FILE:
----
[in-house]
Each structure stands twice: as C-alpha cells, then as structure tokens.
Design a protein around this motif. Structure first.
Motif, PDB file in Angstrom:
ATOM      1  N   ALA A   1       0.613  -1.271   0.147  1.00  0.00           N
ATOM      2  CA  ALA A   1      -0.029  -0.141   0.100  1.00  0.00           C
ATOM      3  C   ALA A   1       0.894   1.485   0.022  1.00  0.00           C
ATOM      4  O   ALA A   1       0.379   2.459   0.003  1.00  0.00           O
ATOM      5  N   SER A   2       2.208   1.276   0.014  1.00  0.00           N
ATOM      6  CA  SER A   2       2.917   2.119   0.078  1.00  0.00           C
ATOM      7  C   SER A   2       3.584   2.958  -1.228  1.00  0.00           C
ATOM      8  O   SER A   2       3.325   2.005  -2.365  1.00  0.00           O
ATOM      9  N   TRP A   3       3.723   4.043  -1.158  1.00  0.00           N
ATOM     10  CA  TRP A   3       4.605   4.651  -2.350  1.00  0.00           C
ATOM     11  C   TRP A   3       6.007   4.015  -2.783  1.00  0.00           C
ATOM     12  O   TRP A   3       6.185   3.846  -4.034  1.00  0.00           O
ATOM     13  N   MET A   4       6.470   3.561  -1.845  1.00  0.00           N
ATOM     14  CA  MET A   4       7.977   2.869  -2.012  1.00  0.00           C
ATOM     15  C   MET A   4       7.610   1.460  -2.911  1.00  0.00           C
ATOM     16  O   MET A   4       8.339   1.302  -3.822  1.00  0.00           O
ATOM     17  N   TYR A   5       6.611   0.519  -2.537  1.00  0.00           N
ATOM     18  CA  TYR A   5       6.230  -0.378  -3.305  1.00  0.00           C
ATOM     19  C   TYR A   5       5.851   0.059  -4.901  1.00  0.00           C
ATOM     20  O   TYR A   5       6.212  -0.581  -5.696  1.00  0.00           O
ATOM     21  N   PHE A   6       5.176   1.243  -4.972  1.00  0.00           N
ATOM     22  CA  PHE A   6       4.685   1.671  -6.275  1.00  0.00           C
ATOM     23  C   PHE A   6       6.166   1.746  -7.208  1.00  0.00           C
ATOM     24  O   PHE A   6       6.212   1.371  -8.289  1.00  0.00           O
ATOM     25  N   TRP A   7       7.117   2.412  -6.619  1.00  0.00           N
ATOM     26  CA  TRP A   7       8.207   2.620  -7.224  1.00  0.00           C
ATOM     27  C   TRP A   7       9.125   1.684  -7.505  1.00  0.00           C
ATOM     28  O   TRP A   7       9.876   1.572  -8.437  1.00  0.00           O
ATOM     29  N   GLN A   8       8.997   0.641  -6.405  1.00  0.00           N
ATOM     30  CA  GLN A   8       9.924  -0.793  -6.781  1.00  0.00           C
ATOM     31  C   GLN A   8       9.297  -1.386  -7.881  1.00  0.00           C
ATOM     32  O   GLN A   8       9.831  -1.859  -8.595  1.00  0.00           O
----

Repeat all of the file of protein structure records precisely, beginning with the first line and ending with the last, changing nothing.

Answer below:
[in-house]
Each structure stands twice: as C-alpha cells, then as structure tokens.
Design a protein around this motif. Structure first.
Motif, PDB file in Angstrom:
ATOM      1  N   ALA A   1       0.613  -1.271   0.147  1.00  0.00           N
ATOM      2  CA  ALA A   1      -0.029  -0.141   0.100  1.00  0.00           C
ATOM      3  C   ALA A   1       0.894   1.485   0.022  1.00  0.00           C
ATOM      4  O   ALA A   1       0.379   2.459   0.003  1.00  0.00           O
ATOM      5  N   SER A   2       2.208   1.276   0.014  1.00  0.00           N
ATOM      6  CA  SER A   2       2.917   2.119   0.078  1.00  0.00           C
ATOM      7  C   SER A   2       3.584   2.958  -1.228  1.00  0.00           C
ATOM      8  O   SER A   2       3.325   2.005  -2.365  1.00  0.00           O
ATOM      9  N   TRP A   3       3.723   4.043  -1.158  1.00  0.00           N
ATOM     10  CA  TRP A   3       4.605   4.651  -2.350  1.00  0.00           C
ATOM     11  C   TRP A   3       6.007   4.015  -2.783  1.00  0.00           C
ATOM     12  O   TRP A   3       6.185   3.846  -4.034  1.00  0.00           O
ATOM     13  N   MET A   4       6.470   3.561  -1.845  1.00  0.00           N
ATOM     14  CA  MET A   4       7.977   2.869  -2.012  1.00  0.00           C
ATOM     15  C   MET A   4       7.610   1.460  -2.911  1.00  0.00           C
ATOM     16  O   MET A   4       8.339   1.302  -3.822  1.00  0.00           O
ATOM     17  N   TYR A   5       6.611   0.519  -2.537  1.00  0.00           N
ATOM     18  CA  TYR A   5       6.230  -0.378  -3.305  1.00  0.00           C
ATOM     19  C   TYR A   5       5.851   0.059  -4.901  1.00  0.00           C
ATOM     20  O   TYR A   5       6.212  -0.581  -5.696  1.00  0.00           O
ATOM     21  N   PHE A   6       5.176   1.243  -4.972  1.00  0.00           N
ATOM     22  CA  PHE A   6       4.685   1.671  -6.275  1.00  0.00           C
ATOM     23  C   PHE A   6       6.166   1.746  -7.208  1.00  0.00           C
ATOM     24  O   PHE A   6       6.212   1.371  -8.289  1.00  0.00           O
ATOM     25  N   TRP A   7       7.117   2.412  -6.619  1.00  0.00           N
ATOM     26  CA  TRP A   7       8.207   2.620  -7.224  1.00  0.00           C
ATOM     27  C   TRP A   7       9.125   1.684  -7.505  1.00  0.00           C
ATOM     28  O   TRP A   7       9.876   1.572  -8.437  1.00  0.00           O
ATOM     29  N   GLN A   8       8.997   0.641  -6.405  1.00  0.00           N
ATOM     30  CA  GLN A   8       9.924  -0.793  -6.781  1.00  0.00           C
ATOM     31  C   GLN A   8       9.297  -1.386  -7.881  1.00  0.00           C
ATOM     32  O   GLN A   8       9.831  -1.859  -8.595  1.00  0.00           O